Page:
Accuracy in Media


Time magazine delivered another in a long line of Trump v. Pelosi stories on Thursday, but it was clear from the text from writer Molly Ball which side the magazine hopes will prevail in the current government shutdown.

In “Trump and Pelosi Are Locked in Their First Battle. Neither Can Afford to Lose,” Ball sketches the state of play:

“A new year has dawned in Washington, and this is what it looks like: a partial government shutdown in its third week; a new Congress sworn in only to sit on its hands; an emboldened House Speaker Nancy Pelosi refusing to cede an inch; and an angry President Donald Trump abandoning negotiations to take to Television to make the case for crisis measures.”

Pelosi was emboldened; Trump was angry.

But “step back from the sordid details,” Ball wrote, and you have “two powerful leaders with their credibility on the line, both convinced they hold the winning hand.”

Ah yes, but Pelosi “takes up the first battle of her new speakership with a fired-up Democratic majority that saw the midterm results as a mandate to take on Trump and a repudiation of his stance on immigration, which he made the focus of in the election’s closing days.”

She’s also “legendary for her legislative savvy,” but that may not be much of an advantage with Trump because “How does even the savviest negotiator deal with a president with such an unusual tolerance for conflict, uncertainty and the suffering of others?”

Trump on the other hand is not savvy at all. He doesn’t recognize the “wall is unpopular with the public and disdained by experts on both sides of the immigration debate.” Later, Ball wrote that Republican Senators knew “a physical wall isn’t feasible or effective on some areas of the border.”

Ball wrote this apparently unaware Mark Morgan, who served as head of the Border Patrol under President Obama, said walls “absolutely work” on the Tucker Carlson Show.

It’s not about effectiveness anyway, Ball wrote. Trump is “obsessed with playing to his hard-core base of supporters – and with his own self-image as a dominant alpha male – and caving would be an epic humiliation that could render him a premature lame duck and weaken his position ahead of a tough re-election campaign. Trump has been, if you will, pushed to the wall.”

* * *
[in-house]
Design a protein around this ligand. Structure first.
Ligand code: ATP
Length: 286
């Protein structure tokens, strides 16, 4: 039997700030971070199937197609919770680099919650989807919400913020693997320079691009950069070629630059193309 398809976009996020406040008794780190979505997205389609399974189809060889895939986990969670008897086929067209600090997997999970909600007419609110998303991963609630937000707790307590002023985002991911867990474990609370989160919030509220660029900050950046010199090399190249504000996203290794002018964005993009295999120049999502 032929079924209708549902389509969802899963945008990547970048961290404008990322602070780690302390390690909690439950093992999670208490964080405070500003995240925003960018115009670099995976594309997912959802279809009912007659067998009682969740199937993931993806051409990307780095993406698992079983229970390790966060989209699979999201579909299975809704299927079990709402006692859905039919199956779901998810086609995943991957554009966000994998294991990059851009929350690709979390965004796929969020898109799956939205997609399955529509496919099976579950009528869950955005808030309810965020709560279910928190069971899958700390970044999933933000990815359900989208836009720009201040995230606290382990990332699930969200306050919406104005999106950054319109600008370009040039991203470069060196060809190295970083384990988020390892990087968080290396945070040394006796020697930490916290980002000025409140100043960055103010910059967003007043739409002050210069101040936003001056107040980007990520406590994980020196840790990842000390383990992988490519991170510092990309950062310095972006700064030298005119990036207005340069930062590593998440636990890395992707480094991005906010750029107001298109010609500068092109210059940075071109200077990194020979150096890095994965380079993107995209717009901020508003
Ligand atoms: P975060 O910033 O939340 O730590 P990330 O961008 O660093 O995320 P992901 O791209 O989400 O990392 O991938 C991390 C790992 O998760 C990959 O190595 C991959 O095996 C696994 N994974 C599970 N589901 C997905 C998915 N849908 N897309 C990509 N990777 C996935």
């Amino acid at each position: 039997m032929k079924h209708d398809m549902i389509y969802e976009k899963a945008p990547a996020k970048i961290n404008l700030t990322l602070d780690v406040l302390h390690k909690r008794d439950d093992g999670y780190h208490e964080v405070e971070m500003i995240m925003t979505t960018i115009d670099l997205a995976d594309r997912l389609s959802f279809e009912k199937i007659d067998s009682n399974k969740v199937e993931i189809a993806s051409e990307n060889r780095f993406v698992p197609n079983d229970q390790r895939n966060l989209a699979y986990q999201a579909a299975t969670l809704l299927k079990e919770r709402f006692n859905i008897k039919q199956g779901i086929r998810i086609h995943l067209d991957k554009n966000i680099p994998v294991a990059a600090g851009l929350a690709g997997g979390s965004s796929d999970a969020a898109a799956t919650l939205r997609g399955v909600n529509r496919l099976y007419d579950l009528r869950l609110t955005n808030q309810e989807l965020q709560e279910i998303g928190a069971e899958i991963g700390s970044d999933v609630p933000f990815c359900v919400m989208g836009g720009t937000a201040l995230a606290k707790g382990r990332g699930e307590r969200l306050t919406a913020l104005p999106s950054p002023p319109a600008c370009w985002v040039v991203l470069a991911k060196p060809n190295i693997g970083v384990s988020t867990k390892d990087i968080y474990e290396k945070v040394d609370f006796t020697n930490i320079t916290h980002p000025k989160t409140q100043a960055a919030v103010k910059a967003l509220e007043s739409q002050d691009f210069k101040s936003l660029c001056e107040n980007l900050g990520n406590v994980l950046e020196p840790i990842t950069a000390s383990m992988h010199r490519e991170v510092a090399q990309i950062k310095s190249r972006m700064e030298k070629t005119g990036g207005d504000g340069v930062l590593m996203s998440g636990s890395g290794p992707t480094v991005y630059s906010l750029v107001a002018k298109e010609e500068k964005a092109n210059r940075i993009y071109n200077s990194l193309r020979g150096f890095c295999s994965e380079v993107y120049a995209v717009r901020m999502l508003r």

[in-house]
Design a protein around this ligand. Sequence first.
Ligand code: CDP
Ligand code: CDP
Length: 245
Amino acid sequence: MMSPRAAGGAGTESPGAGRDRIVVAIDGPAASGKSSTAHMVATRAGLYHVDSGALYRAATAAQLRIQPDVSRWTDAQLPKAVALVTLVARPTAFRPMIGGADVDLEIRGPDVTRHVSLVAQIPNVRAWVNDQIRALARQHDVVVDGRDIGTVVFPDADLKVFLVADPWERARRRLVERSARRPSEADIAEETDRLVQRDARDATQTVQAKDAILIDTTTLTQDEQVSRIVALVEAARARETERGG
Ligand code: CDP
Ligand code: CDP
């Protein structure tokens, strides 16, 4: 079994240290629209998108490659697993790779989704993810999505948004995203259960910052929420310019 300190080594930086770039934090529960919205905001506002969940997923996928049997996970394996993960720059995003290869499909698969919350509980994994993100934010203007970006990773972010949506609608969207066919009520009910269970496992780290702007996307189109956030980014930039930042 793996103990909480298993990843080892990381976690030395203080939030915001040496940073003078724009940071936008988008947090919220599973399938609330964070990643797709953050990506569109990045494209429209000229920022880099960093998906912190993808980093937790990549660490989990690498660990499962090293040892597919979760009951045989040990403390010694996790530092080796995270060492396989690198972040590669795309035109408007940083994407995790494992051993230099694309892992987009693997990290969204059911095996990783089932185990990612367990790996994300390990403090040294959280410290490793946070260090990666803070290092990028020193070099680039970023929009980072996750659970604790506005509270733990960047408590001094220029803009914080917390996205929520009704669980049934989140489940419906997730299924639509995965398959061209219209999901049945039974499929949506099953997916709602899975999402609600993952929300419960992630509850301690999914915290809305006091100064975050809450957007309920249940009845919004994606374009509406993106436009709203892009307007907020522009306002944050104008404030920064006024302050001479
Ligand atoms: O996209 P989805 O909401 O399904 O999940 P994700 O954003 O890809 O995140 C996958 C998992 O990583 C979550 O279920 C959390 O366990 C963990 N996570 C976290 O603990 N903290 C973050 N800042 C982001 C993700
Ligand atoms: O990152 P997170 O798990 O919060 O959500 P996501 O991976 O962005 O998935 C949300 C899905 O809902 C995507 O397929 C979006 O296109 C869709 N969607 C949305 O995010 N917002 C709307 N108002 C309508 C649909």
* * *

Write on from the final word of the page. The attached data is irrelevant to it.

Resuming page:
It could be argued it is Pelosi who is risking it all to play to her hard-core base and her political self-image. After all, Ball admitted Pelosi became speaker again only after she “stamped out murmurs of dissent in her ranks.”

Later in the piece, she conceded that if “Pelosi’s nerve falters and she cedes ground, she would immediately risk losing the confidence of the fractious caucus she’s labored to control” and that if she succeeds, it will send “a signal that Congress, which has spent the past two years kowtowing to the president, now has the power to thwart him. That momentum could carry forward into numerous investigations the House is preparing to unleash.”

Ball then asserts without evidence that Trump did not want to give his prime-time address on Tuesday night, “but his advisers convinced him that making the argument to the public was his best hope to shift the momentum of a fight he seemed to be losing.”

Yet, also on Thursday, Brad Parscale, campaign manager for the president’s re-election campaign, tweeted that Trump’s approval rating had reached its highest point since he has been tracking it and that 42 percent of Americans believe the border is in crisis and another 37 percent believe it is at least a problem.

Perhaps it was inevitable a president whose administration has been in a state of virtual breakdown since its inauguration should preside over this shutdown, Ball wrote.

“Trump, true to his tendencies, acts on impulse, prevaricates, shreds norms and takes unilateral actions of questionable legality. … Meanwhile, the speaker, true to her tendencies, unites her wayward party behind a carefully chosen, logical course of action, but her best-laid plans may still be no match for an extraordinary moment.”




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